Seven men tell their stories of survival on the streets of 1980s New York City in this gritty debut novel by the National Book Award–finalist.
Like most New Yorkers, Johnny B. Goode hustles to make a living. His beat happens to be pharmaceutical distribution. His place of business, Washington Square Park. Over the course of one weekend, he and his crew of “retailers” sell their product to students, businessmen, tourists, drifters, and lowlifes, while evading the law and outmaneuvering the competition. It’s a fragile balance that avant-garde saxophonist and all-around nuisance Porco Miserio threatens to upend with his big mouth.
As Johnny B. and his crew scramble to maintain their embattled existence, each relates their personal story of life on the fringes of Greenwich Village. Among them are Yusuf Ali, the NBA-sized Muslim whose profession is at odds with his faith; Holy Mother, Johnny B.’s boyhood friend and former Mafia hitman; and Santa Barbara, the Puerto Rican Santeria practitioner who has been deeply spooked. Authentic and original, the chorus of voices captures the streets of New York in all its widescreen splendor and punishing blight.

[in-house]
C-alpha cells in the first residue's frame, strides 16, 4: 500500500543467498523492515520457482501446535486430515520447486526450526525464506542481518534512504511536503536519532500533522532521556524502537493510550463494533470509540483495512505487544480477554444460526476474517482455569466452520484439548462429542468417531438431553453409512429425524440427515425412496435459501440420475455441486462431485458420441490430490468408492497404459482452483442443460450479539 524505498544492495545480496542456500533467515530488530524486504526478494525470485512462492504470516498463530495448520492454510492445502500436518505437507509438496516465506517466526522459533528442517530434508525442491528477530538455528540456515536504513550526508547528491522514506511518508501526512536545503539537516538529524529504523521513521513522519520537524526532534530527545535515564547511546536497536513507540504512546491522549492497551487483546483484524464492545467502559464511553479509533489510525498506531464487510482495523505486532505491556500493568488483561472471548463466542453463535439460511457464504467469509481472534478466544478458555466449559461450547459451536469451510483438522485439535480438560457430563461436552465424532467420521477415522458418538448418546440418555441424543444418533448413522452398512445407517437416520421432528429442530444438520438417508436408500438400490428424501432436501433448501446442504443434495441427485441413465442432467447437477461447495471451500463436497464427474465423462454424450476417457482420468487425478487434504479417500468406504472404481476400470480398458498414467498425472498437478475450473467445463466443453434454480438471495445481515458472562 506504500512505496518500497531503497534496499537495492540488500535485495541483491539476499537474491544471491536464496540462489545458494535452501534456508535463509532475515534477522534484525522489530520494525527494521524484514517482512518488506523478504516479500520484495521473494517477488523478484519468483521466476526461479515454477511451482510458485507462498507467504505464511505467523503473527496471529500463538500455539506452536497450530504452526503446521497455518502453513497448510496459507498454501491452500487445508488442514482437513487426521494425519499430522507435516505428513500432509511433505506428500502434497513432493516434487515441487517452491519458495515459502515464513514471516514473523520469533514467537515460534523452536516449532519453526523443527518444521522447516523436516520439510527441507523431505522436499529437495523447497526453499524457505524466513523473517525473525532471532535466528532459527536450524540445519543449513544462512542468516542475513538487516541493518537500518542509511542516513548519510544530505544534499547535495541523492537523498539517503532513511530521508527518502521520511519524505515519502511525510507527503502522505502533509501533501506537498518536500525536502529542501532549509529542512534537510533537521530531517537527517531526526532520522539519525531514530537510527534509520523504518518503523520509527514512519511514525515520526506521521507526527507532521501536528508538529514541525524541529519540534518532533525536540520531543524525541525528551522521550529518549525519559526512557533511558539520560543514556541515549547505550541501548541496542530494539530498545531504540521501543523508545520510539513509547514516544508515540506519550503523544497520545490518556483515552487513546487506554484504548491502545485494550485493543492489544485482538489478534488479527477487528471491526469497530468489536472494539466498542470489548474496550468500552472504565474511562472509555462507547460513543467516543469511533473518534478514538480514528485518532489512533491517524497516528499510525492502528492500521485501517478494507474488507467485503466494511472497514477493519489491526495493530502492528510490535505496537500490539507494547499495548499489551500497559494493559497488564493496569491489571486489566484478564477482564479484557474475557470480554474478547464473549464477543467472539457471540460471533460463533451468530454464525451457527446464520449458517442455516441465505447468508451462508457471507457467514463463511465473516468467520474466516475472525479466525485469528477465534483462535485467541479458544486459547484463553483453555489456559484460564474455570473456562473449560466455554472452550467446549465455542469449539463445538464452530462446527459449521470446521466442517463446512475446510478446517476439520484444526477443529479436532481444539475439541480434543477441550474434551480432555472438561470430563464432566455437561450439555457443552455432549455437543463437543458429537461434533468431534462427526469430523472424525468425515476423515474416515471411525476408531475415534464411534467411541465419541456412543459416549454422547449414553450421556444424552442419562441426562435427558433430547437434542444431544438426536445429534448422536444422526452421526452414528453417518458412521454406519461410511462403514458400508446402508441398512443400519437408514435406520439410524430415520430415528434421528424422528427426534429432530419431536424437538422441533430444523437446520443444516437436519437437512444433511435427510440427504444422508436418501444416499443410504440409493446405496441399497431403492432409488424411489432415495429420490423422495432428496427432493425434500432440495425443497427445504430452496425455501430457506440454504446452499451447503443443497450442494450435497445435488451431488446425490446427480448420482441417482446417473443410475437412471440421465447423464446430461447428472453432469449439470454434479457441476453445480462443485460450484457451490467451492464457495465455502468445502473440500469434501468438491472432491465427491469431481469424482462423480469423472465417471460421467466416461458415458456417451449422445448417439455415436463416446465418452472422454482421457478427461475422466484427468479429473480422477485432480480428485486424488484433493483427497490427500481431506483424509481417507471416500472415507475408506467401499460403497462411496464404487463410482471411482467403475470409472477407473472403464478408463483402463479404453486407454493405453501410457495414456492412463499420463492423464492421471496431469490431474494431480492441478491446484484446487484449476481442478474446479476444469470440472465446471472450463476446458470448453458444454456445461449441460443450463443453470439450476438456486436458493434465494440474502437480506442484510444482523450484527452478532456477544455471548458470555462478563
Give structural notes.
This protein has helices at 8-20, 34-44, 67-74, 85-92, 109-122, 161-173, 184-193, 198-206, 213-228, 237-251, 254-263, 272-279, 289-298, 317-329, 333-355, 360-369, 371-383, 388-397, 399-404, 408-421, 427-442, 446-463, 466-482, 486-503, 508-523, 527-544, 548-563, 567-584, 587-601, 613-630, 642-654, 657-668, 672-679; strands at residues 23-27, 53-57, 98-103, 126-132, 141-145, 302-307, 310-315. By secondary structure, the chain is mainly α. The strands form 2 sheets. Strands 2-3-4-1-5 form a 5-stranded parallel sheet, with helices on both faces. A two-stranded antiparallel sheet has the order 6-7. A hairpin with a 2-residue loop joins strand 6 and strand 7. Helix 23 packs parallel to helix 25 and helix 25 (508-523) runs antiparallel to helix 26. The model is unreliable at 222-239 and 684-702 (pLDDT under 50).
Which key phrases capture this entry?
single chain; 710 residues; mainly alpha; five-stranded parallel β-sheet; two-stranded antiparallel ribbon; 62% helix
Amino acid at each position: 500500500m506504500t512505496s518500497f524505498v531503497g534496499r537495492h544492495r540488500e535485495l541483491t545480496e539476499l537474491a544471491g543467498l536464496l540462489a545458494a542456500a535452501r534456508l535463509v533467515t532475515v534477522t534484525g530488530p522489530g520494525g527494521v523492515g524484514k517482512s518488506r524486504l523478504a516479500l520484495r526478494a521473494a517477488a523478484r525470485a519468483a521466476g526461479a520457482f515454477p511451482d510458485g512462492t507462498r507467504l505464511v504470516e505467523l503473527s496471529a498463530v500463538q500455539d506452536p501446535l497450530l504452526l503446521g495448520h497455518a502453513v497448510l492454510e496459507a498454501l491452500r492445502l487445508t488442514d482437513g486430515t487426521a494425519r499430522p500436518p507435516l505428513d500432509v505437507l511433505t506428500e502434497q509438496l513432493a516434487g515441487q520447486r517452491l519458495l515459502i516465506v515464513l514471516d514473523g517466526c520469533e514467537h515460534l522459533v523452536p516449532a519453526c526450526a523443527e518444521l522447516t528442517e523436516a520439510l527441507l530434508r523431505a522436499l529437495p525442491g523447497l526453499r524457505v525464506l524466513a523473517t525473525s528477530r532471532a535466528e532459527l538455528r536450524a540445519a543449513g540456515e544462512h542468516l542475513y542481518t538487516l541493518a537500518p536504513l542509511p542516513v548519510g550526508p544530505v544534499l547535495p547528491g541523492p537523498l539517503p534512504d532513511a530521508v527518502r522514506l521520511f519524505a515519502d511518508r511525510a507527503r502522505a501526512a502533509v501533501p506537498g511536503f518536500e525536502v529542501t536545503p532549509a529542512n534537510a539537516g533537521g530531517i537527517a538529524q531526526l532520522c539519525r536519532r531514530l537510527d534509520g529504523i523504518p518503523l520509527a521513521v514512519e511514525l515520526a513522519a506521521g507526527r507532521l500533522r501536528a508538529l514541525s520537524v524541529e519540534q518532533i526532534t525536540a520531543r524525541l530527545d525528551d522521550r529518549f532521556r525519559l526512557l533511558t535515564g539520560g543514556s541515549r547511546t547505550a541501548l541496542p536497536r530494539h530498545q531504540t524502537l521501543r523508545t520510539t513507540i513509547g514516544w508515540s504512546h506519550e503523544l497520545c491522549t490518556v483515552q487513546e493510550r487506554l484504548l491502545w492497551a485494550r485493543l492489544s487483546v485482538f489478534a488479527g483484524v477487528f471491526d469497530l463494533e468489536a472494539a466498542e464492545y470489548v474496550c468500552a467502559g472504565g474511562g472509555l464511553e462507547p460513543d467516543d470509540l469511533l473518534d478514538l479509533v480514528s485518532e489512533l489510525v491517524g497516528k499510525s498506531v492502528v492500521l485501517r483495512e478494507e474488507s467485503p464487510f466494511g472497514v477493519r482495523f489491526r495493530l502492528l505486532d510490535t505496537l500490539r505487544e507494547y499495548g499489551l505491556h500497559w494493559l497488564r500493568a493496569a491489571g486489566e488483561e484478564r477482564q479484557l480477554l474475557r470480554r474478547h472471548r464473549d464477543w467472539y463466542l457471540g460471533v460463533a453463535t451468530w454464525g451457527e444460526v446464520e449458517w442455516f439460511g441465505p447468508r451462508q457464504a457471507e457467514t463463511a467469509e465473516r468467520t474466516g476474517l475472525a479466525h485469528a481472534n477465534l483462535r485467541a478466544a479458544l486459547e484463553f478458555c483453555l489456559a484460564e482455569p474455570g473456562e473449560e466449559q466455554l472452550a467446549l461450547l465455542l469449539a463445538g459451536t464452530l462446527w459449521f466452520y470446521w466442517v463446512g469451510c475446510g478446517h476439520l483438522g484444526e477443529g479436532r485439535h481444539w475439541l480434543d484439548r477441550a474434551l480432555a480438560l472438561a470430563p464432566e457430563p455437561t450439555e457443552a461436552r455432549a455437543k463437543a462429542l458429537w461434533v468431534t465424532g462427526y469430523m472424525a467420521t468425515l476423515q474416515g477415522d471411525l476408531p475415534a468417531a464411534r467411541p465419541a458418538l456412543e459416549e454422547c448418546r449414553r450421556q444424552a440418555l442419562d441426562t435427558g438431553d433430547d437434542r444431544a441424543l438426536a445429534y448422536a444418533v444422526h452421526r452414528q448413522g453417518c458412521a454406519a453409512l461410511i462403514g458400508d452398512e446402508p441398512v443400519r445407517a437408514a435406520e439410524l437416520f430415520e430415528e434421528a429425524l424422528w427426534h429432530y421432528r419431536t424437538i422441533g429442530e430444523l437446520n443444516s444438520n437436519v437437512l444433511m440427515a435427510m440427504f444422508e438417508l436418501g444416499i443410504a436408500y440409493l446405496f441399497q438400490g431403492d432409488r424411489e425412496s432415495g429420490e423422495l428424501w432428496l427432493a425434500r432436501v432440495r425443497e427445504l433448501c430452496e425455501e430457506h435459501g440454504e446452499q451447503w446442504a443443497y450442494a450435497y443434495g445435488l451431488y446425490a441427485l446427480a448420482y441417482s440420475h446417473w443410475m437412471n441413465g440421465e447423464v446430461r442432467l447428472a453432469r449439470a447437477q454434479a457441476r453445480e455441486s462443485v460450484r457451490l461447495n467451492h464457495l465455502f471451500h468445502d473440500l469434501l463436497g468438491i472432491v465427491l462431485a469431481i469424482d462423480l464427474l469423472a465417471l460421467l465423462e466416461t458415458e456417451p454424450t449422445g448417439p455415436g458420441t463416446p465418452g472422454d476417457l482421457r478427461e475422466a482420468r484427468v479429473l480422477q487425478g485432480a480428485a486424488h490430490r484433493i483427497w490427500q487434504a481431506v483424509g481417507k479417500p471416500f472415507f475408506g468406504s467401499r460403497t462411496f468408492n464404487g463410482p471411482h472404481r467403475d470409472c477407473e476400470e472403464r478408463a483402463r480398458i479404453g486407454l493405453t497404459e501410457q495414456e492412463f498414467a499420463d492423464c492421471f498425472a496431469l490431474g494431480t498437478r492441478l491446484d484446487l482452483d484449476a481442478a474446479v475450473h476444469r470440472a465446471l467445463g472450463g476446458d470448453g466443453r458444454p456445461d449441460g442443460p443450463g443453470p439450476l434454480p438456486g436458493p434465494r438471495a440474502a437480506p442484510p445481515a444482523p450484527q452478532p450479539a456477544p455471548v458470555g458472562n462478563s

An “atmospherically electric . . . Winning debut,” The Washington Square Ensemble introduced a prodigiously gifted new novelist to American readers (Kirkus Reviews).
“The most exotic bunch of sweet characters since some of Jack Kerouac’s ‘holy angels’ first came alive in print.” —Los AngelesHerald Examiner